Kitchen Party (Carissa White)


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"What's so attractive about emotional instability?" laments one character in the comedy-drama Kitchen Party. What's so attractive indeed? But consider this: if we took all the mentally unstable people out of the dating pool there would be virtually no one left.

The film opens with an overhead shot of a woman vacuuming what appears to be a striped rug. However, upon closer inspection, it becomes clear that the rug is not striped, but rather that the woman has vacuumed a rigid, striped pattern into it. This is the most normal thing that happens during the entire film. It sets the stage for the main predicament of the movie-that the film's protagonist Scott (played by Scott Speedman of TV's Felicity) must keep his friends in the kitchen to avoid disturbing the immaculate carpet. C'mon, everybody knows how this ends: in the tradition of nearly every teenage house party-chaos.

Meanwhile, across town, Scott's parents are at a party of their own. Director Gary Burns cuts back and forth between these two parties as similar events happen at both. Feelings are hurt; egos are bruised and rivalry breaks out. Chances are, that if you enjoyed the cross-generational parallel narrative in the film The Ice Storm, you'll enjoy the similarities in Kitchen Party.

Even Thomas Hobbes knew about uncomfortable parties. In discussing human nature, he pointed out that no one wants to be the first to leave a party because people will talk about them once they're gone. Although Hobbes wrote in the seventeenth century, it seems that his logic still applies. While it's obvious that the parental party is going downhill quickly, everyone is reluctant to leave. The teenage party, though slightly more successful, is still rife with awkwardness. This stems from the fact that Scott can't allow for any trace of his friends (or himself, for that matter) to be left in the house. Highlights include a previous journey through a bedroom window to retrieve a vacuum cleaner; a pubic hair collection and a bullet that lands in a most unfortunate location (even for a bullet).

Scott's parents, Brent and Barb (who have had numerous small roles in television and film) are played by Kevin McNulty and Gillian Barber. Brent, in all his pink golf-shirted glory and Barb, with her pseudo-sophisticated talk are explanation enough for their children's dysfunction. This pair make Natural Born Killers Mickey and Mallory look like June and Ward Cleaver.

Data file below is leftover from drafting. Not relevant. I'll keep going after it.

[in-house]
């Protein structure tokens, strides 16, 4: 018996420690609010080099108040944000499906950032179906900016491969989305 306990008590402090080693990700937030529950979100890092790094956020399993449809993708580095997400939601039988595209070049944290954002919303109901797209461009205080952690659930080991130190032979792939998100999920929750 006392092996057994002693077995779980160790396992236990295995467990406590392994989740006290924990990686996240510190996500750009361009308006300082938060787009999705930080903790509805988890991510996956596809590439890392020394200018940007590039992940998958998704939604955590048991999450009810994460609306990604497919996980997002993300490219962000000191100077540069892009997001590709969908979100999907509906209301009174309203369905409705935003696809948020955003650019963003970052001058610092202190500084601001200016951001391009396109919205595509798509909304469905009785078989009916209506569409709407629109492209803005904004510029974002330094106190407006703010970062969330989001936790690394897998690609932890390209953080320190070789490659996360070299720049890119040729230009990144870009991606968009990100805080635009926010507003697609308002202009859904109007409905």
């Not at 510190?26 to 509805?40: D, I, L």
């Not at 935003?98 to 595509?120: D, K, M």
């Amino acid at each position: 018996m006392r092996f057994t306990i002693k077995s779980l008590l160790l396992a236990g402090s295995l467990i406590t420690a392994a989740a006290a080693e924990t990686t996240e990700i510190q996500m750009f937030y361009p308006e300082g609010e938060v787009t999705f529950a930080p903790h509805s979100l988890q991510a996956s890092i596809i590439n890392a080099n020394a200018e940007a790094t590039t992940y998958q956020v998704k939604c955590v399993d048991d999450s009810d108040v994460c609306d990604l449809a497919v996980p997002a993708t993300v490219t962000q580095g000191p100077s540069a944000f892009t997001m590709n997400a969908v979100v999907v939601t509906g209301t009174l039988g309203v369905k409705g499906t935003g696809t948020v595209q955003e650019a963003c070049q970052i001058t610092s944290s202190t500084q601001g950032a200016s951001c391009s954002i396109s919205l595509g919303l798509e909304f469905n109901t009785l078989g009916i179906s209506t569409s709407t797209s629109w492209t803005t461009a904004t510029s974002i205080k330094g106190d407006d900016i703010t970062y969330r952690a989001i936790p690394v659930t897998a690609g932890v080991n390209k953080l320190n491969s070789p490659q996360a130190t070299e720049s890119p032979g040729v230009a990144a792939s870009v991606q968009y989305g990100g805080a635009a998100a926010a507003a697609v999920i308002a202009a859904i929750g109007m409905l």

Scott's brother Steve (Jason Wiles) is a recluse living in the parents basement. In describing his educational direction his father says, "Steve's taking a political science degree. I thought I was paying for a Business degree. It might as well be an Art degree." Years of this sort of treatment by his parents lead Steve toward a mental breakdown in which he tears up the neighbourhood golf course and is taken into police custody.

After seeing his brother's psychological deterioration, Scott decides not to adhere to his parent's obsessive domestic order. In the triumphant final moments of the film, Scott metaphorically breaks through the barriers erected by himself and his parents. The last scene is a thrilling victory, both for the character and the audience alike.

In a clever move by the casting department, nearly every actor or actress in the film resembles someone infinitely more famous than themselves. We see clones for Sarah Jessica Parker, Jennie Garth, Chloe Sevigny and Christina Applegate, among others. Others just seem strangely familiar because of their numerous television appearances. Notably, many were frequent extras on The X-Files which, until this season, was filmed in Vancouver.

This is the director's second film. His first, The Suburbanators was called one of English Canada's coolest movies by Mondo Canuck. Its similar theme and plot development have rendered it a favourite at film festivals from Toronto to Sydney.

This film strikes a chord of recognition in its audiences. Everyone knows someone whose parents are a little anal-retentive, or even downright bizarre. While this film achieved critical acclaim it garnered little attention, which is unfortunate because this is an endlessly entertaining film and well worth 85 minutes.


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